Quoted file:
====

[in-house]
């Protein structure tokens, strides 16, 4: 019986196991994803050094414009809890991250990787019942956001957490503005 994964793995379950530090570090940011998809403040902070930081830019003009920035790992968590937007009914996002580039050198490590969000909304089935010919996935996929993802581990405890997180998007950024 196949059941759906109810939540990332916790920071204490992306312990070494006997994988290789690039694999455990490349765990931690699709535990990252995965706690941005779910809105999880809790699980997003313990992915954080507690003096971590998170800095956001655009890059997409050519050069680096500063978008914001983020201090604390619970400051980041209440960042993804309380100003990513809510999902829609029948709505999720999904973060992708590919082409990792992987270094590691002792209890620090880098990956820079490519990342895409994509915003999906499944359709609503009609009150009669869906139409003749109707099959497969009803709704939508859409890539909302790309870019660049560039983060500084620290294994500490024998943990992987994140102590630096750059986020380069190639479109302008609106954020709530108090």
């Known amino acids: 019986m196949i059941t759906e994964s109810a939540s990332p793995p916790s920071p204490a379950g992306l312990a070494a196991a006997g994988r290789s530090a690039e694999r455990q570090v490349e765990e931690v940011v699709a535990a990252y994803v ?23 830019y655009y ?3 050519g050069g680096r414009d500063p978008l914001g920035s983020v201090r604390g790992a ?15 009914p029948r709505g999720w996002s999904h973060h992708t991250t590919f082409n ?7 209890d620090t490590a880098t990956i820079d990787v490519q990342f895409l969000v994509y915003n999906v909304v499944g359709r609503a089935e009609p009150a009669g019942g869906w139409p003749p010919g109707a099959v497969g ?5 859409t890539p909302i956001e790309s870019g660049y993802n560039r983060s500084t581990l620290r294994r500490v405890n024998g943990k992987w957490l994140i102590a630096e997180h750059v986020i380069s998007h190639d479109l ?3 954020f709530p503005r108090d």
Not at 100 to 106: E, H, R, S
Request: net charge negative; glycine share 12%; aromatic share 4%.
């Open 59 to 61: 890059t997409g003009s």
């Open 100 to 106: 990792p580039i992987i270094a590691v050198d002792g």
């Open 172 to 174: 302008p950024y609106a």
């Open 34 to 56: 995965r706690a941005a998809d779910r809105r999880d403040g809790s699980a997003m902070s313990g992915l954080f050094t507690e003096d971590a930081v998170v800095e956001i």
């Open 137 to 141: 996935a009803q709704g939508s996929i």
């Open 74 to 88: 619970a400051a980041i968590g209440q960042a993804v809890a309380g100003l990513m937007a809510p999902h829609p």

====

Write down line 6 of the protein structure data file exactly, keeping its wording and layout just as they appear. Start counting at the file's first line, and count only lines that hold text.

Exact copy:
């Open 59 to 61: 890059t997409g003009s």